Incidents associated to vegetation in the Portuguese transmission grid have decreased from one of the major causes to negligible impact in less than a decade. This was due to the cumulative effect of four independent, yet concurrent, programs: 1) routine clearance inspections with LiDAR, extended to the whole grid, provided quantitative measures associated with degrees of severity for each hazardous tree; 2) classification of the right-of-way according to land use, density of vegetation and classification of tree growth rates; 3) targeted actions consisting of tree trimming, pruning and cutting with priorities set by severity and criticality of each Over Head Line [OHL]; 4) public policies to create secondary routes to remove biomass from the forests that mandated the Transmission System Operator [TSO] clear paths around OHL.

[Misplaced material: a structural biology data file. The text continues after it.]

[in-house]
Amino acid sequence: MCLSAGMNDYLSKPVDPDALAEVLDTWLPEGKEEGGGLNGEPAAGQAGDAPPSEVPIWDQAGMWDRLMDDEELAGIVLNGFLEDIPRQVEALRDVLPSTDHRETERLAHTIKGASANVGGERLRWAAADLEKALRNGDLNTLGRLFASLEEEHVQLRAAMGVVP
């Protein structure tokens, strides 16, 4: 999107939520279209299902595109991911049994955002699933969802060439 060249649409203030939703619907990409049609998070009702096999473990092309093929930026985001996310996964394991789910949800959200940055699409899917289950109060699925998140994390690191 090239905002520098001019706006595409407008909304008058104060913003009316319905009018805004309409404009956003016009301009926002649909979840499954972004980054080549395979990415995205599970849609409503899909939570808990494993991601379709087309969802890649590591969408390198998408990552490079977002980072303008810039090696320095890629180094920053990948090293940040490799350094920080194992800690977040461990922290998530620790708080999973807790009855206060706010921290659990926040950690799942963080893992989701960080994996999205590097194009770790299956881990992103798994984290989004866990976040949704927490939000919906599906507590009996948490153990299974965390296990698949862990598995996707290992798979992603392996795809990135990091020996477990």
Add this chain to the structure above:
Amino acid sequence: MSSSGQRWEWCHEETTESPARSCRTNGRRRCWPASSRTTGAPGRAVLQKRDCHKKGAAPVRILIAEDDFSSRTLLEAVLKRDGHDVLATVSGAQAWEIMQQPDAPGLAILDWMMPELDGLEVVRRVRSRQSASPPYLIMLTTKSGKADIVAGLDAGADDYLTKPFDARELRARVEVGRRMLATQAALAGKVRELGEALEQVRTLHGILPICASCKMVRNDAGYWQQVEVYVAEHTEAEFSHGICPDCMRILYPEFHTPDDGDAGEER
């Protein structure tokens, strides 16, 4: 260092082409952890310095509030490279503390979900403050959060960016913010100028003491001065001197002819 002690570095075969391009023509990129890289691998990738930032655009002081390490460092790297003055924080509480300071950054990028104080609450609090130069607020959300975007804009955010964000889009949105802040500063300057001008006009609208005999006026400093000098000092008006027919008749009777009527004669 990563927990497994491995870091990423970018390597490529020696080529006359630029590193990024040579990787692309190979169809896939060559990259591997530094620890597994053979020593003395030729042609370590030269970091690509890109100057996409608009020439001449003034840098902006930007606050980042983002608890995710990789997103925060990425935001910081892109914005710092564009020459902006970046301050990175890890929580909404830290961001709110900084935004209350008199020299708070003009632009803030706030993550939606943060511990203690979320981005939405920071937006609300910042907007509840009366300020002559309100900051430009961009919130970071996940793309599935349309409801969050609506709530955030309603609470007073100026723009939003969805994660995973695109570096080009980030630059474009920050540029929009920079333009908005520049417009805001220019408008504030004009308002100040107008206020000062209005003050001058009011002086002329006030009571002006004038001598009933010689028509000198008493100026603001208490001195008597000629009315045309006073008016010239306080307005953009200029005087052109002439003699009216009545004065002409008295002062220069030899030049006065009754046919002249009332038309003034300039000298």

The Portuguese TSO (REN – Rede Eléctrica Nacional) operates a grid of 8443km of OHL with three voltage levels and incurs significant investment and operation costs to achieve and maintain vegetation incidents at a very low level. Thus, a program to supersede existing blind systematic actions with probability based approaches leading to risk based management was launched. This combines information from the four programs with environmental, reliability and asset management data with third party information. Given that the outcome (incidents due to vegetation) is already at an optimal level, the current research will try to optimize the process as well